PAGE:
The concept was ready so it was time to put it to its paces: replica omega Seamaster 300m
, likely "inspired" by Rolex's marketing successes, set out to prove the special capabilities of their watch by testing through a series of challenges, challenges which were of previously unimaginable difficulty. In 1936 a couple of replica omega Planet Ocean 42
watches spent minutes in hot water (of 85 degree Celsius) and were then quickly submerged to a depth of 70 meters in the 5 degree Celsius cold waters of Lake Geneva for thirty minutes. When they were taken out, all pieces (two complete watches and a case with no movement inside) were functioning perfectly, showing no traces of water inside.
Three years after the successful tests, in 1939, http://www.speedroc.com/replica-omega-speedmaster-broad-arrow-gmt.html
revealed the Marine Standard. It was a slightly redesigned version of the Marine from 1932, as this new piece served to transfer the Marine and most of its abilities into the publicly available collections of the brand. The case had become less complex to reduce manufacturing costs, but it retained the rectangular shape of the original. It was due to this angular shape that�Cquite obviously�Cno threaded case components could have been used. Instead, in order to properly seal the sapphire crystal and the case, they went on to use rubber gaskets, a solution still used today!
On the first series of Marine Standards the sapphire crystal was fitted from below the bezel (i.e. from the caseback side). With that done, Omega would install the dial, the movement and the crown. The problem this construction created was that while as pressure built up it pressed the case onto the caseback, and pushed the crystal towards the inside of the watch, weakening the seals. This decreased the Standard's water resistance to a mere two atmospheres (around 20 meters), which was incomparable to its predecessor's performance. For the following generations, however, the crystal had been installed from "above," a process that, although widely used today, at the time (during the early '40s) was a novel idea that substantially increased water resistance.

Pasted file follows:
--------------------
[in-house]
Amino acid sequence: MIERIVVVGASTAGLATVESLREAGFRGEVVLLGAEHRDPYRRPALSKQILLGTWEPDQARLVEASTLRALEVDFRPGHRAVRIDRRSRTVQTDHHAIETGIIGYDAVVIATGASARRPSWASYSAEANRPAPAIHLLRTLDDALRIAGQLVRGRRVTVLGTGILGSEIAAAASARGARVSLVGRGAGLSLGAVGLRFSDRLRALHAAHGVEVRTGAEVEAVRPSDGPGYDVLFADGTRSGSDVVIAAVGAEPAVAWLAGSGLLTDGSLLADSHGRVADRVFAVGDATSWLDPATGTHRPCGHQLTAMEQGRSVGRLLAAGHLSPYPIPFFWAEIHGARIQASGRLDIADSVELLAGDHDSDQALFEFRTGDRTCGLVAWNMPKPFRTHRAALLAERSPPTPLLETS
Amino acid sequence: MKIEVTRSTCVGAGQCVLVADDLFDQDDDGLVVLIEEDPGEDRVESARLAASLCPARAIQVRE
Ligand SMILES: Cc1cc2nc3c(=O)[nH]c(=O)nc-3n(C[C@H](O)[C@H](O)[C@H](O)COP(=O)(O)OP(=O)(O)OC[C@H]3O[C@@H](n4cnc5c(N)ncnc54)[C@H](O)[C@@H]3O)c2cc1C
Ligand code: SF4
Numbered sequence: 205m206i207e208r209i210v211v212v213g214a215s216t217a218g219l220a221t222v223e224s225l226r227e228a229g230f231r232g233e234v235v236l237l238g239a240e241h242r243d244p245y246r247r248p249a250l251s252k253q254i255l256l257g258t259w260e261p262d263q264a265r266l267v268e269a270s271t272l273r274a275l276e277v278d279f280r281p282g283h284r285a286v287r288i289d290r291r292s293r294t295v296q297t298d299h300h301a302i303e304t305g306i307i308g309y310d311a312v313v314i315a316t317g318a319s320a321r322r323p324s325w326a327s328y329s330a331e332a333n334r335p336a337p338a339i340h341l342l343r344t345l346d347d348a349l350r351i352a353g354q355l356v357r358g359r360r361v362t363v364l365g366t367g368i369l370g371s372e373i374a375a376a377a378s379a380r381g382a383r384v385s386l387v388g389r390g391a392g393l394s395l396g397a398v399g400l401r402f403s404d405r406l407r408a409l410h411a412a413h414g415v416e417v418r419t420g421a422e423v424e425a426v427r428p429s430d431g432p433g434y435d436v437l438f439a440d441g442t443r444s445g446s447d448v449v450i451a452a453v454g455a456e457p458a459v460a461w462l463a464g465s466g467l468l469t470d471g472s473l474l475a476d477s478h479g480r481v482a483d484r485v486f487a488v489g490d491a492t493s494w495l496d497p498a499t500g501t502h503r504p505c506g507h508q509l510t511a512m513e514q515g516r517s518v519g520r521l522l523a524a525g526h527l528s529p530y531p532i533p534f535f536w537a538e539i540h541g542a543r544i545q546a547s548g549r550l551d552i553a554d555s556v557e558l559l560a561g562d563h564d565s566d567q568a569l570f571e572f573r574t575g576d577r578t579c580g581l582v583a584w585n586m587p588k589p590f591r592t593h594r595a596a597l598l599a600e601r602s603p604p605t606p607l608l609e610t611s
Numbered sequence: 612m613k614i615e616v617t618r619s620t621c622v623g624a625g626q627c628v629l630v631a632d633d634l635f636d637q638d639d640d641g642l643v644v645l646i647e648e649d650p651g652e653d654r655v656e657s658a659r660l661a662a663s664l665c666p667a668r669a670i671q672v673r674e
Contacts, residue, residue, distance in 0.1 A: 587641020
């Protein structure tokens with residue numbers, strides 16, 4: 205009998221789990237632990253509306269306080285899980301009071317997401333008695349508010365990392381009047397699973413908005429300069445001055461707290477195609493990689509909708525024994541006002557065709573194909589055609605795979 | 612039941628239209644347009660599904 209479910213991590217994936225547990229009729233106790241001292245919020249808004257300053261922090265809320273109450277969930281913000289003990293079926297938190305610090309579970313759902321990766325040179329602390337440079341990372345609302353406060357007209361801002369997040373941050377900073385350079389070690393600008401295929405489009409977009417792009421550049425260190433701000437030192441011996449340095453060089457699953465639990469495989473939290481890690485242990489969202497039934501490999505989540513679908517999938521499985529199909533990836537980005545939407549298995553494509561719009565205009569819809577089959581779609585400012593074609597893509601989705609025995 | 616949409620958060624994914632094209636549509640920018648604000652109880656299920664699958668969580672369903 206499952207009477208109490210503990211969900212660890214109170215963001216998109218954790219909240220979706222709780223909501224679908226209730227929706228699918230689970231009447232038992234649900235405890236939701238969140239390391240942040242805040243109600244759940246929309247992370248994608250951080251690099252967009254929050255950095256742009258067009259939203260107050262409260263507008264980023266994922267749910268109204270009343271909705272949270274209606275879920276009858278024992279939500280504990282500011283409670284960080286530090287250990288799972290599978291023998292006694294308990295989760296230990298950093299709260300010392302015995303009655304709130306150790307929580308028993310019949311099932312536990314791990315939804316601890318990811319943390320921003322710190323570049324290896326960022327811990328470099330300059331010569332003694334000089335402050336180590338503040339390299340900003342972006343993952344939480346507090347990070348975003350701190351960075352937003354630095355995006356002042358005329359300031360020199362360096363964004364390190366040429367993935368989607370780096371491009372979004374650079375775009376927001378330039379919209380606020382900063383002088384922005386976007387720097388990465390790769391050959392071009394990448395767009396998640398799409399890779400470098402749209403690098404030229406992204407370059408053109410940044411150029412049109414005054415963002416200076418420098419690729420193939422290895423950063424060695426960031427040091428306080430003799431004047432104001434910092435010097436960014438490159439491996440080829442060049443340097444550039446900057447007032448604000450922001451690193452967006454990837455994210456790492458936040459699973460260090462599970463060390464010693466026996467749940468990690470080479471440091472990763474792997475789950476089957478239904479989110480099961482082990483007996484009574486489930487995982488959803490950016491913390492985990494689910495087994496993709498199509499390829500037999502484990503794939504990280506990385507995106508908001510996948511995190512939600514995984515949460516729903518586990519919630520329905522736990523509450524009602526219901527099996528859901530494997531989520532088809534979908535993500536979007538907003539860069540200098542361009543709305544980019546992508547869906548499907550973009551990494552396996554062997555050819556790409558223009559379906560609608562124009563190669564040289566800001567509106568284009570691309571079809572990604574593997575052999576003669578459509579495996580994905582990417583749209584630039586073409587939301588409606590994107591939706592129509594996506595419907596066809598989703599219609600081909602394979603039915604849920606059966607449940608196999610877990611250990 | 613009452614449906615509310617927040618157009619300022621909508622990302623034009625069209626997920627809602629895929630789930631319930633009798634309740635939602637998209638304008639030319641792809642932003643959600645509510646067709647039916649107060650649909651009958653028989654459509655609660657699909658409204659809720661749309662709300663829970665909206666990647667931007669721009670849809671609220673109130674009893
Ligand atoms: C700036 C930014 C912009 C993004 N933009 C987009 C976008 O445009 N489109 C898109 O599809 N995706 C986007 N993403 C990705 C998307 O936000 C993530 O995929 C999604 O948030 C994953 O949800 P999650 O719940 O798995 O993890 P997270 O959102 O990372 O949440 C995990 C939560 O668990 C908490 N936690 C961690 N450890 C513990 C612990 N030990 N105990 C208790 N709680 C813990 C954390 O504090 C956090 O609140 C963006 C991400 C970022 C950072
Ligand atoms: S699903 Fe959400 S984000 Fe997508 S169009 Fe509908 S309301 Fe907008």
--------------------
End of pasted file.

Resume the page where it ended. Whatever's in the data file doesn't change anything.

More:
For a kick-off, it is important to clarify that the Rolex Oyster indeed was the first properly waterproof watch�Cas validated by Gleitze's swim and the time it spent in fish tanks. However, it was with reason that she wore it on a necklace and not on her wrist: this way the watch had been not subjected to the rather brutal forces of it splashing into the water with every motion of her arm, for hours on end. The first step towards improved durability was the already discussed Omega Marine, but even so, it saw little use as professional diving (not to mention its much later developed, hobby-inspired alternatives) had not been fully developed at the time. In fact, it took the better part of another decade or so until underwater activities became more ubiquitous; the primary reason being that diving equipments were very heavy, not very safe, and limited in availability. This radically changed with the 1942 invention of Jacques-Yves Cousteau and ��mile Gagnan: the aqua-lung.